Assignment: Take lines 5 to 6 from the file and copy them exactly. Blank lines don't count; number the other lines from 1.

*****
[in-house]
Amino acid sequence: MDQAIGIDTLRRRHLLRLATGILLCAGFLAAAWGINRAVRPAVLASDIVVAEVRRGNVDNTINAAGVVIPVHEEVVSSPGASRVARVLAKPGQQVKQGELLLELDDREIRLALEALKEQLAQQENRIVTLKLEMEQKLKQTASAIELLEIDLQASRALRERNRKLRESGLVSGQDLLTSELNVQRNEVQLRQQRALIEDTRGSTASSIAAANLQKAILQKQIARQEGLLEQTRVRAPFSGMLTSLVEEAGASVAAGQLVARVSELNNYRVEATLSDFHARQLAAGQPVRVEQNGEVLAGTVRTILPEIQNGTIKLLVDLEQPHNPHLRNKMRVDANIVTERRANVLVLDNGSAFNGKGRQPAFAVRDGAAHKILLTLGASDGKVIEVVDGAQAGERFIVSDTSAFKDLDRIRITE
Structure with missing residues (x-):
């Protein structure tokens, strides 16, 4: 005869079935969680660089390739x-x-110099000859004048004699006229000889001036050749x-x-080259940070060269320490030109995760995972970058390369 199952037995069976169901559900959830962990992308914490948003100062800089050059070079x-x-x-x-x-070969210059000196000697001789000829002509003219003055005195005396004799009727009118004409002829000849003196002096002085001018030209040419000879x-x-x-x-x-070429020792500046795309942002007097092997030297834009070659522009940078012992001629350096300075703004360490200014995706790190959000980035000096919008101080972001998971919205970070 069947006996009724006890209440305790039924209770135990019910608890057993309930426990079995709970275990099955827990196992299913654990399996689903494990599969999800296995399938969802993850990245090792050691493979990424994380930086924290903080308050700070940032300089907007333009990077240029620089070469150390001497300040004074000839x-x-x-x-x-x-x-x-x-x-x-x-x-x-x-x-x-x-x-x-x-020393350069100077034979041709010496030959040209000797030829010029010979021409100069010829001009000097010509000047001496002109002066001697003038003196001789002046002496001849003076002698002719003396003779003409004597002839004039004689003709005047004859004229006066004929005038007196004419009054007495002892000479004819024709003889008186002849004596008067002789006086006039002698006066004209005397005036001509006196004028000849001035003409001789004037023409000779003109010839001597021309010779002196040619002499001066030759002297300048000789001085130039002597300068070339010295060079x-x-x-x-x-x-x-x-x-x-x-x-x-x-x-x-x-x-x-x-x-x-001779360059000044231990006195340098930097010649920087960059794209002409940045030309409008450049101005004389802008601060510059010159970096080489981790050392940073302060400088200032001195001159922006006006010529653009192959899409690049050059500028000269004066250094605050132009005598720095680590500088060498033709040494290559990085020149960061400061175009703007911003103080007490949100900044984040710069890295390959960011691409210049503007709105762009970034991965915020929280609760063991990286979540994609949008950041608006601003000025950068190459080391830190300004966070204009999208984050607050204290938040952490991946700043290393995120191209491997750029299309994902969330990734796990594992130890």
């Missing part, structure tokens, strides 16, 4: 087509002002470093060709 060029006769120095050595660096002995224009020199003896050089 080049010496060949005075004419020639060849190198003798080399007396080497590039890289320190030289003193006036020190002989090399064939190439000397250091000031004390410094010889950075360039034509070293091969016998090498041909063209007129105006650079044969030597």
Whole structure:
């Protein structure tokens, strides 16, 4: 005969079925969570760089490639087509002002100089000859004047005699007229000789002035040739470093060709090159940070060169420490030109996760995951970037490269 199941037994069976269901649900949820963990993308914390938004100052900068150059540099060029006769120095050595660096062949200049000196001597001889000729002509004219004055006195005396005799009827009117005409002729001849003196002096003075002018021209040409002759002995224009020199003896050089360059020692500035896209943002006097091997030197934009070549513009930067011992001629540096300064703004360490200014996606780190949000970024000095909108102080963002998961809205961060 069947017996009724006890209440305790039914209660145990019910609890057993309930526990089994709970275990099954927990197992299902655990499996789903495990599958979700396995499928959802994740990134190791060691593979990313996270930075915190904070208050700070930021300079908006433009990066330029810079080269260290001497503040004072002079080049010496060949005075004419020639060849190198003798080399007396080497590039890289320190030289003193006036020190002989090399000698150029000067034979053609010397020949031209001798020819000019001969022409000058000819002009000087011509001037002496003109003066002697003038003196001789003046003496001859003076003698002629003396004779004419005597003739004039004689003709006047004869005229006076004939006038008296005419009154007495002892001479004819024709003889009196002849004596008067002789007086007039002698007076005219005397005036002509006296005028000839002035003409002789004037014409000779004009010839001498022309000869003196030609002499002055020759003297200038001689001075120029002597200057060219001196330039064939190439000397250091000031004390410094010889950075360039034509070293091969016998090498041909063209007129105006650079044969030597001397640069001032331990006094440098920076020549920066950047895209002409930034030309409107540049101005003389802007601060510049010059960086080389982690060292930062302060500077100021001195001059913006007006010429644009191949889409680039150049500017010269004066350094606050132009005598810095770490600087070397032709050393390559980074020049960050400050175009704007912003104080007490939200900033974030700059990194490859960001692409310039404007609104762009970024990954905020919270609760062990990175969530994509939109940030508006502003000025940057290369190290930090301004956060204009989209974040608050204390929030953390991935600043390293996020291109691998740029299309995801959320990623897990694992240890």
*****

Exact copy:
């Missing part, structure tokens, strides 16, 4: 087509002002470093060709 060029006769120095050595660096002995224009020199003896050089 080049010496060949005075004419020639060849190198003798080399007396080497590039890289320190030289003193006036020190002989090399064939190439000397250091000031004390410094010889950075360039034509070293091969016998090498041909063209007129105006650079044969030597």
Whole structure: